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The very name paella seems exotic - more so than risotto or arroz or even fried rice, which all seemed very foreign once upon a time. In most cuisines around the world, rice in one form or another remains a staple of the diet, and consequently, the culture and cuisine. In Spain that means paella.
As with other rice dishes around the world, there are multiple variations on paella. The truest is likely Valencian paella (where it is generally agreed that paella originated). This is a mixture of chicken, fava beans, saffron, paprika, green beans, and rice, and technically not just any rice, but calasparra rice from the Murcia region just south of Valencia. It is a short-grain rice that is especially absorbent and makes cooking simple: place the ingredients in the pan, add the liquid of your choice, and simmer.
The simplicity of preparation is part of what makes paella so special. This is almost a set-it-and-forget-it dish. The only thing you really need to do is add a bit more liquid as needed. The exception to this is in the case of paellas with seafood, where you add the seafood ingredients - whether shrimp, mussels or clams, fish, or squid - to the top of the dish later so they don't overcook. In Spain paella is cooked across the country now at festivals in large – 5 and 6 foot diameter – pans in open air stalls.
As with any festival food, the quality of the paella can vary widely depending on ingredients, seasoning, cooking time, and whether the chef is any good or not. I have had some fantastic paella at festivals and some that is truly awful.
This tenet holds true in restaurants as well. Even though the recipe is quite simple, it can easily be ruined. In some cases the liquid comes from a carton complete with the infused saffron and spices - the fast food version of paella - but in small tapas bars and bistros the paella is cooked to order in a single serving pan the size of an individual pizza dish. There is simply no consistency.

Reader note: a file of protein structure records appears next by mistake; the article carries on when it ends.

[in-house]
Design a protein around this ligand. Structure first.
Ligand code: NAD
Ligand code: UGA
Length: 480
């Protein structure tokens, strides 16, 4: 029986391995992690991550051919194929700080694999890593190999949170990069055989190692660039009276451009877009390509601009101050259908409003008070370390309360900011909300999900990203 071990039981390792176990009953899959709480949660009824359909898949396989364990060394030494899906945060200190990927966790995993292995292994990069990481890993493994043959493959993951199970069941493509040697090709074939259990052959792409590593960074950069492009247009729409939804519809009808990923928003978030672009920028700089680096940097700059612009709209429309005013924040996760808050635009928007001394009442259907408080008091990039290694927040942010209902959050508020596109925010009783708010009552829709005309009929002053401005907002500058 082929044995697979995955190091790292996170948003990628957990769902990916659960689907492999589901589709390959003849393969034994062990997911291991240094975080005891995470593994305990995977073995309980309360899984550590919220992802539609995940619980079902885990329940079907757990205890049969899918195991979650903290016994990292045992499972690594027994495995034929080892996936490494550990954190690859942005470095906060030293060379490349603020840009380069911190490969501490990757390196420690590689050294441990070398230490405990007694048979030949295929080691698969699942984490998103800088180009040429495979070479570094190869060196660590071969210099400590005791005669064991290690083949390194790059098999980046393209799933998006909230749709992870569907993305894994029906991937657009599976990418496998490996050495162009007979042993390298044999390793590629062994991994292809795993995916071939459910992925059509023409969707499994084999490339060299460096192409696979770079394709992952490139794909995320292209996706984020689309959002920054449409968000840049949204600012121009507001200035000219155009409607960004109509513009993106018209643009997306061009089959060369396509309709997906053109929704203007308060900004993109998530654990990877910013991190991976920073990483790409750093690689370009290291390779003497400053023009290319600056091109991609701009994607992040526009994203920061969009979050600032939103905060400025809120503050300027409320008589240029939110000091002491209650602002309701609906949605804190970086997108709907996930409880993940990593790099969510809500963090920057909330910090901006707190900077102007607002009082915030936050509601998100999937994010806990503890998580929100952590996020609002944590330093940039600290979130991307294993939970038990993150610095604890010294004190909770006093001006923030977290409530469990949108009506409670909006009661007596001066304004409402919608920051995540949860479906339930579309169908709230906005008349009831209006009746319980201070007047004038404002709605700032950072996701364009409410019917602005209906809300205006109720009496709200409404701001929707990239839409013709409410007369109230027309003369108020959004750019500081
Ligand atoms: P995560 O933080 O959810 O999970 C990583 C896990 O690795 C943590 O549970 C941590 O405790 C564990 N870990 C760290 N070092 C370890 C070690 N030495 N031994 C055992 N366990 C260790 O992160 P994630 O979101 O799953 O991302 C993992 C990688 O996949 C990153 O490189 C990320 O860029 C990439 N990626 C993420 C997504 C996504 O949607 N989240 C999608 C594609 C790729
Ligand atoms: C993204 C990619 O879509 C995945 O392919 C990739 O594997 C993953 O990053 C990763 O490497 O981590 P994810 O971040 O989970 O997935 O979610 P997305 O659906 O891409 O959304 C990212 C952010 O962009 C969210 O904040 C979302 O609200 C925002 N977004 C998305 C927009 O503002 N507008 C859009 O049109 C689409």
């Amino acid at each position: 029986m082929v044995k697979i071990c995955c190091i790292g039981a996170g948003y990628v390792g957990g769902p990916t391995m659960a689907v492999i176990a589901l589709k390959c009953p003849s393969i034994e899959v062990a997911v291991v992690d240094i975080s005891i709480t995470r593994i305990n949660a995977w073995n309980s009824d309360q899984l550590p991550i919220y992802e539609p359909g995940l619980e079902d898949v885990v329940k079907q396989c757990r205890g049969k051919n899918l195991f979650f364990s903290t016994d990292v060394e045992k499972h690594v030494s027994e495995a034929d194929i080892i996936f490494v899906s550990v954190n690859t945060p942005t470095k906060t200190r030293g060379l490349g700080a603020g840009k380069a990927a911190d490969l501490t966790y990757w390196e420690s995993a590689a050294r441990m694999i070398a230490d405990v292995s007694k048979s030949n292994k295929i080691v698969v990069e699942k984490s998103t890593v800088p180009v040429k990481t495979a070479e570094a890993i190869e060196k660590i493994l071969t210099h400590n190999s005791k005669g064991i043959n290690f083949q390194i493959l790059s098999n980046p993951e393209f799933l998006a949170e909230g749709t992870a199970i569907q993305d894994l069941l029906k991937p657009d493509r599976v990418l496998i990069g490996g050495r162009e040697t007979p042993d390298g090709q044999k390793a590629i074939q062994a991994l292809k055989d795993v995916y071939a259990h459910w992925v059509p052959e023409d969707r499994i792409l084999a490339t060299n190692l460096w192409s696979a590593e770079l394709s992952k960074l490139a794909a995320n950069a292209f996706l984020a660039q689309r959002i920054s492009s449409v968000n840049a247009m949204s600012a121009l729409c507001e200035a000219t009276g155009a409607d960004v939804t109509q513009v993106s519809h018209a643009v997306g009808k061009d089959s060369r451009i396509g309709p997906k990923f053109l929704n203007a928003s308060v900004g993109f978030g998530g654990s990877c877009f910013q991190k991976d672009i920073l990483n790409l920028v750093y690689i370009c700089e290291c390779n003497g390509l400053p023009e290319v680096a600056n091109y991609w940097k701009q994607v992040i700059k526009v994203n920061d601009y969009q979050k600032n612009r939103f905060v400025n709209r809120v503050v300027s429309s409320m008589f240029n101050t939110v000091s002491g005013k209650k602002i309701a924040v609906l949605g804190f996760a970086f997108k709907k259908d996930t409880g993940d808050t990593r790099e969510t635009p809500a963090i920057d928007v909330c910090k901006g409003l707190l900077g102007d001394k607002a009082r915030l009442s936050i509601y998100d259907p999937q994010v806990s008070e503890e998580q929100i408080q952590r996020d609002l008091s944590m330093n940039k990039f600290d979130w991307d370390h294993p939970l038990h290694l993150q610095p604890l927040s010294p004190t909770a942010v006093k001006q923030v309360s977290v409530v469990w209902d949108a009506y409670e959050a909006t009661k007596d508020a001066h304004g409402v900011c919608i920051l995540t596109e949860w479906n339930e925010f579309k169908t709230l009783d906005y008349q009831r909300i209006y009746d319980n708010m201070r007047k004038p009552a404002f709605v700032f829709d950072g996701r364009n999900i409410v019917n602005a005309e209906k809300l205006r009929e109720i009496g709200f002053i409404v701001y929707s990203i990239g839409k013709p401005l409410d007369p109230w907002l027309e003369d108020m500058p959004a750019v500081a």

The rice is relatively inexpensive, but saffron seems quite pricy – at least $9.00 per gram. I generally purchase less expensive Persian saffron and have always been happy with the quality. I am very careful about how I use it, however. I prefer to steep the saffron threads in hot water, essentially making a tea, and then adding that to the dish I am cooking. Per serving, about 10 threads is enough to get a fine color and flavor for your dish.
Paellas should be cooked in a pan that is broad and shallow. You don't have to have a special pan - a large skillet will do. The pan should, however, be big enough that the rice isn't in a very thick layer in the pan – no more than about 3/4 of an inch.
The classic Paella Valenciana generally includes game meat, such as rabbit and duck, but chicken and pork are often found in recipes. You can substitute any of those in any combination for the chicken and have a great dish. Note that broad beans, or favas, are also traditional, but they're not widely available in the U.S.. Instead, you can use a large white bean, such as cannellini beans. Similarly, you can substitute regular green beans for the large, flat green beans that are more traditional.
Timothy S. Harlan, MD, FACP, CCMS